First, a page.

Giving Water

Lakeside's Gregg Scott teaches Tanzanian villages how to build and maintain water wells

By Tristan Scott
Courtesy Gregg Scott

The most basic need in life is clean, available water.Gregg Scott, of Lakeside, knows this firsthand. Living beside the largest freshwater body of water west of the Mississippi, beside Flathead Lake, he also spends months out of the year in the East African country of Tanzania, a nation where one-third of the country is arid or semi-arid, making it difficult for its residents to find access to clean, sanitary water.

As a result, Tanzania’s ground water is the major source of water for the nation’s people; however it’s not always clean. Many of these ground water wells are located near or next to toxic drainage systems, which leak into the fresh ground water and contaminate it. Consequently, Tanzanians turn to surface water containing things like bacteria or human waste; and people have no choice but to drink from, bathe in or wash their clothes in these areas.

According to Tanzania National Website, water-borne illnesses, such as malaria and cholera account for over half of the diseases affecting the population, because people don’t have access to sanitary options.

“It’s humbling stuff,” Scott said, having just returned from another stint in Tanzania, where he’s helped the residents of the rural Mwanamonga Village in the southwest corner of the country drill and maintain wells.

Scott has made four trips to the country – first to survey the conditions, then to provide relief, and now to help with development and infrastructure.

“These people are suffering considerably because they don’t have clean water,” he said. “You want to help them and just bring them water, but everything you do is working toward development. I work with them but I’m not there to do it for them. They have to learn the systems otherwise it’s not sustainable. They maintain the units when I go.”

When Scott first arrived in Tanzania, a project he raised money for and embarked on through Mission Builders International, he was struck by the rampant disease, the dearth of resources and the scarcity of clean water.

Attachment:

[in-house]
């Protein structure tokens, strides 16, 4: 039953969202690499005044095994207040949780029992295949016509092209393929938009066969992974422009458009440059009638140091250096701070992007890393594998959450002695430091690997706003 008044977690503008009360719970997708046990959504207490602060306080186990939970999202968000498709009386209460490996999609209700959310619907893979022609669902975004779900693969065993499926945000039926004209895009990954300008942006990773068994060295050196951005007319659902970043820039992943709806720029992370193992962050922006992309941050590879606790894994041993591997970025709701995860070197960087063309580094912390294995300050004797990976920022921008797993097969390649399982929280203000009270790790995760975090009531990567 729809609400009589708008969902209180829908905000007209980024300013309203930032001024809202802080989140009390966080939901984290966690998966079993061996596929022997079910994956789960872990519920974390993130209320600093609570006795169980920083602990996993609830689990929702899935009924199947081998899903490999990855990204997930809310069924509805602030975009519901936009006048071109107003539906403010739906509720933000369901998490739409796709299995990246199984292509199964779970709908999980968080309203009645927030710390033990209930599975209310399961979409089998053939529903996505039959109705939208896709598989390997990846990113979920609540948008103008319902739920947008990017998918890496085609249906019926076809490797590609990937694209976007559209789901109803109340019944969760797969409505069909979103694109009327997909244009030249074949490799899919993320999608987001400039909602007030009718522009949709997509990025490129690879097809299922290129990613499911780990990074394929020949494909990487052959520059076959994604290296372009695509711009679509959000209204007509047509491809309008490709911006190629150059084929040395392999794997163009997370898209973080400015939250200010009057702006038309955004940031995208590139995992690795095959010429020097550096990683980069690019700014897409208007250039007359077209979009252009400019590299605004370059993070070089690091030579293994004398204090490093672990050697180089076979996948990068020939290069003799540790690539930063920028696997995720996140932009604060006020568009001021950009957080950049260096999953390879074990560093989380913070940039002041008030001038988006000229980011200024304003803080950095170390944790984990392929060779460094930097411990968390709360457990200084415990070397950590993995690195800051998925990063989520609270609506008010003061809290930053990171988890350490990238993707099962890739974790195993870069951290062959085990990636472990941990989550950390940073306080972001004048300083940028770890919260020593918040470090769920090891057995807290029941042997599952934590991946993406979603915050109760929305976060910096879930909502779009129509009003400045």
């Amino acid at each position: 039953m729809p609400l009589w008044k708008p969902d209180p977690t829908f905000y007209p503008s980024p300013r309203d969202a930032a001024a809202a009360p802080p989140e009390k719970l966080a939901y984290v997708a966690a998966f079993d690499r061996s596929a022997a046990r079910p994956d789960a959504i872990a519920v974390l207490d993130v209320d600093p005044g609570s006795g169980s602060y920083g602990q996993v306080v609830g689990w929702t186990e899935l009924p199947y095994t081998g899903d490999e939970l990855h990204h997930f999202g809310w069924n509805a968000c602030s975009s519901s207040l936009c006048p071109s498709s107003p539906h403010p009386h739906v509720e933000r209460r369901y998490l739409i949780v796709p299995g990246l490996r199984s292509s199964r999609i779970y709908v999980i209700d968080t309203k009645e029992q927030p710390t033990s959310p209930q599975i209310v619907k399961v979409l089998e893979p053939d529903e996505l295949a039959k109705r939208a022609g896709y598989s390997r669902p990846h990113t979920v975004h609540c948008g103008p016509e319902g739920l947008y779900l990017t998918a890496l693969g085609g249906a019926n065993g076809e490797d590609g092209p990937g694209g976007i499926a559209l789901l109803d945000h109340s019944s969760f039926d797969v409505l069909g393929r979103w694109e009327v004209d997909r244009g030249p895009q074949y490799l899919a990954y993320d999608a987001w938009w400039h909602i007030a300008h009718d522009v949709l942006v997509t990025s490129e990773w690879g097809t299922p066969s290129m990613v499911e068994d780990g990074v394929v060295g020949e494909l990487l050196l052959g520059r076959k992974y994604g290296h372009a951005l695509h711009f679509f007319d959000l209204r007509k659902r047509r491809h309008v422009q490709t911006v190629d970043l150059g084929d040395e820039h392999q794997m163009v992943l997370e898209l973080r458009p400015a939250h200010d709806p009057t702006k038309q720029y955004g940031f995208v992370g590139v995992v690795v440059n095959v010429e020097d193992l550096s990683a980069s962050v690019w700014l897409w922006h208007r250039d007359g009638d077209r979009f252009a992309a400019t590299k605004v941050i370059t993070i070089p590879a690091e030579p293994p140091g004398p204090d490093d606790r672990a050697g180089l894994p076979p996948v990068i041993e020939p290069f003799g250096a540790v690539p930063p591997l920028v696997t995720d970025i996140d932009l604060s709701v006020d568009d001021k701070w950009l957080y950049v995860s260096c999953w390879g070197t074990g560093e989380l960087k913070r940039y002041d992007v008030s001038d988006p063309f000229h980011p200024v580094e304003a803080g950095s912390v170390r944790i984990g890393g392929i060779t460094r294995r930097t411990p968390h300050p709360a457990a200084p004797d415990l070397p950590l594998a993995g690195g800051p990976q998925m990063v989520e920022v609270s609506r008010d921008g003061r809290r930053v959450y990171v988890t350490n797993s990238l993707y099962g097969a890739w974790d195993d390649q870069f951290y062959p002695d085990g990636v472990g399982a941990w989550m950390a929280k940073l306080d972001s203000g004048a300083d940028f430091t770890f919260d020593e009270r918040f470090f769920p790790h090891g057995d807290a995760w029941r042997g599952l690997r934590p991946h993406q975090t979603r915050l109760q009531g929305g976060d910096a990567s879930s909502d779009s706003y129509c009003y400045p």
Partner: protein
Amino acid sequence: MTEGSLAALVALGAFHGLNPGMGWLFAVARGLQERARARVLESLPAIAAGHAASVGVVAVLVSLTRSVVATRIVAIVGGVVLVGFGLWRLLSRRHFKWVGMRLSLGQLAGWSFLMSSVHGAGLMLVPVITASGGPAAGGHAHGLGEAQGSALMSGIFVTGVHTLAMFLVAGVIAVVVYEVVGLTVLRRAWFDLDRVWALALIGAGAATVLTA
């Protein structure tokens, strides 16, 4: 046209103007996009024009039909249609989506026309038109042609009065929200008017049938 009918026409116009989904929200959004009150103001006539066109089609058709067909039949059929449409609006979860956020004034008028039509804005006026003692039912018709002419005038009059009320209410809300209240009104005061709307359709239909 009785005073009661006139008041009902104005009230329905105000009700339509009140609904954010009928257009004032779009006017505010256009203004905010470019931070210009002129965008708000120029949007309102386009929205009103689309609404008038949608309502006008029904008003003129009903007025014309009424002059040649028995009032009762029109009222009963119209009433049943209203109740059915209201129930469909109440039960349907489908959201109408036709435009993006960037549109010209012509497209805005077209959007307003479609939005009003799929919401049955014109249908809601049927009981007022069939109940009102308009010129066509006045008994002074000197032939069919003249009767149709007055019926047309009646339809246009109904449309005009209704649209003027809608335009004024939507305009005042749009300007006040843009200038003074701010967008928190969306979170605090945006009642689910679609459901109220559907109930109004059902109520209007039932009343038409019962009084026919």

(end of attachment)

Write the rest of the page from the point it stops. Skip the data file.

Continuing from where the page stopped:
“It’s just part of life over there, but people die from it every day,” Scott said.

Such conditions are widespread in Tanzania, a country renowned for its wildlife, superb national parks and idyllic beaches but, with a population of more than 40 million, is one of the world’s poorest economies.

Malnutrition is rife, HIV affects 5.5 per cent of the population and diseases such as malaria, typhoid, cholera and bilharzia (caused by parasitic worms) are common.

On his first trip, he drilled four new wells and installed three pumps, including one at the local school, where there was no running water. The 450 students carried their own jugs of water to the school each day to drink and flush the toilets.

He recalls encountering three women carrying containers of water atop their heads, having walked a mile from an open-pit well. He was startled when he saw them smiling and laughing, and was impressed with their resolve.

“That was their third trip of the day. And they were laughing,” said Scott, who is originally from New Zealand. “That was their lot, mate.”

Scott has also collected medical supplies from Kalispell Regional Healthcare, and delivered containers of the supplies to the villages.

He said he intends to continue his work with the Tanzania Water Project, but that he hopes to enlist the interest and help of younger generations to carry on the work.

“I’ve been doing it for 17 years,” he said of the mission work. “It started off part time and it’s become very much full time.”

To contribute, send donations to P.O. Box 406, Lakeside, 59922, c/o Tanzania Water Project.

Stay Connected with the Daily Roundup.

Sign up for our newsletter and get the best of the Beacon delivered every day to your inbox.